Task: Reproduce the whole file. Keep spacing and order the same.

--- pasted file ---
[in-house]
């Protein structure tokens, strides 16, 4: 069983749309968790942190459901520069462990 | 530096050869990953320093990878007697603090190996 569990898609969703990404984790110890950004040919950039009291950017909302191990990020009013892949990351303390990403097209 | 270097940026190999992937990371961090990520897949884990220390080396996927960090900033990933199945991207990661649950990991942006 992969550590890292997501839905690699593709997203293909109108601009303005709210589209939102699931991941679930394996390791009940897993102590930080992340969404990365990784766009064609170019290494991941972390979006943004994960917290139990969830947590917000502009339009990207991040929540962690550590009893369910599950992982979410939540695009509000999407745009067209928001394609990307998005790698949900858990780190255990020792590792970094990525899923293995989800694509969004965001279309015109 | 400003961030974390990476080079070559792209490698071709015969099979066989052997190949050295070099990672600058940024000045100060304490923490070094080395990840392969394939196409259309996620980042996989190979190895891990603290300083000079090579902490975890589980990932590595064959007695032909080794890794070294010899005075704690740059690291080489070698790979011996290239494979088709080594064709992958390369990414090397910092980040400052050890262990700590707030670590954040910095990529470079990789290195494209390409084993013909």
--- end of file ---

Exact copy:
[in-house]
């Protein structure tokens, strides 16, 4: 069983749309968790942190459901520069462990 | 530096050869990953320093990878007697603090190996 569990898609969703990404984790110890950004040919950039009291950017909302191990990020009013892949990351303390990403097209 | 270097940026190999992937990371961090990520897949884990220390080396996927960090900033990933199945991207990661649950990991942006 992969550590890292997501839905690699593709997203293909109108601009303005709210589209939102699931991941679930394996390791009940897993102590930080992340969404990365990784766009064609170019290494991941972390979006943004994960917290139990969830947590917000502009339009990207991040929540962690550590009893369910599950992982979410939540695009509000999407745009067209928001394609990307998005790698949900858990780190255990020792590792970094990525899923293995989800694509969004965001279309015109 | 400003961030974390990476080079070559792209490698071709015969099979066989052997190949050295070099990672600058940024000045100060304490923490070094080395990840392969394939196409259309996620980042996989190979190895891990603290300083000079090579902490975890589980990932590595064959007695032909080794890794070294010899005075704690740059690291080489070698790979011996290239494979088709080594064709992958390369990414090397910092980040400052050890262990700590707030670590954040910095990529470079990789290195494209390409084993013909």